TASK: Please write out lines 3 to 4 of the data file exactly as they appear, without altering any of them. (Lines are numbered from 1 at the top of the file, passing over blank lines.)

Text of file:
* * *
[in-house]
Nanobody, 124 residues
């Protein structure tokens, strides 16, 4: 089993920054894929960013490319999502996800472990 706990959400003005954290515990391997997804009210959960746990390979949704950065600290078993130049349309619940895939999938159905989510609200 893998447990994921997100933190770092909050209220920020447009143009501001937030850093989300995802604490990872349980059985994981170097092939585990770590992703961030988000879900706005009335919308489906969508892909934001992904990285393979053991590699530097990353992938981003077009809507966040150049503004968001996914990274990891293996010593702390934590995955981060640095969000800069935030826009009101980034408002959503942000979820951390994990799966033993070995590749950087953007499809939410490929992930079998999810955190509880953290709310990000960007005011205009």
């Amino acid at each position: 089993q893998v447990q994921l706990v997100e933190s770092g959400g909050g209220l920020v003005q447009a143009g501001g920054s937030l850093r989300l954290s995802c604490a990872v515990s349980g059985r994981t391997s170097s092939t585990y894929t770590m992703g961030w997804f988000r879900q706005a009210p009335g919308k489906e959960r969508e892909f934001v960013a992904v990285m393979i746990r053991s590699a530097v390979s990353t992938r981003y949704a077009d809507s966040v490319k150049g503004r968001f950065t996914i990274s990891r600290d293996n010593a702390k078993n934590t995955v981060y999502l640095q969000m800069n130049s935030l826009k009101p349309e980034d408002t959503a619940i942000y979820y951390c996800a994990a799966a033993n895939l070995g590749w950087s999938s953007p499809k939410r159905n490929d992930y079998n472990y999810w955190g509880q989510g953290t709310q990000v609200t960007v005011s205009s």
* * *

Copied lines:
């Protein structure tokens, strides 16, 4: 089993920054894929960013490319999502996800472990 706990959400003005954290515990391997997804009210959960746990390979949704950065600290078993130049349309619940895939999938159905989510609200 893998447990994921997100933190770092909050209220920020447009143009501001937030850093989300995802604490990872349980059985994981170097092939585990770590992703961030988000879900706005009335919308489906969508892909934001992904990285393979053991590699530097990353992938981003077009809507966040150049503004968001996914990274990891293996010593702390934590995955981060640095969000800069935030826009009101980034408002959503942000979820951390994990799966033993070995590749950087953007499809939410490929992930079998999810955190509880953290709310990000960007005011205009």
């Amino acid at each position: 089993q893998v447990q994921l706990v997100e933190s770092g959400g909050g209220l920020v003005q447009a143009g501001g920054s937030l850093r989300l954290s995802c604490a990872v515990s349980g059985r994981t391997s170097s092939t585990y894929t770590m992703g961030w997804f988000r879900q706005a009210p009335g919308k489906e959960r969508e892909f934001v960013a992904v990285m393979i746990r053991s590699a530097v390979s990353t992938r981003y949704a077009d809507s966040v490319k150049g503004r968001f950065t996914i990274s990891r600290d293996n010593a702390k078993n934590t995955v981060y999502l640095q969000m800069n130049s935030l826009k009101p349309e980034d408002t959503a619940i942000y979820y951390c996800a994990a799966a033993n895939l070995g590749w950087s999938s953007p499809k939410r159905n490929d992930y079998n472990y999810w955190g509880q989510g953290t709310q990000v609200t960007v005011s205009s």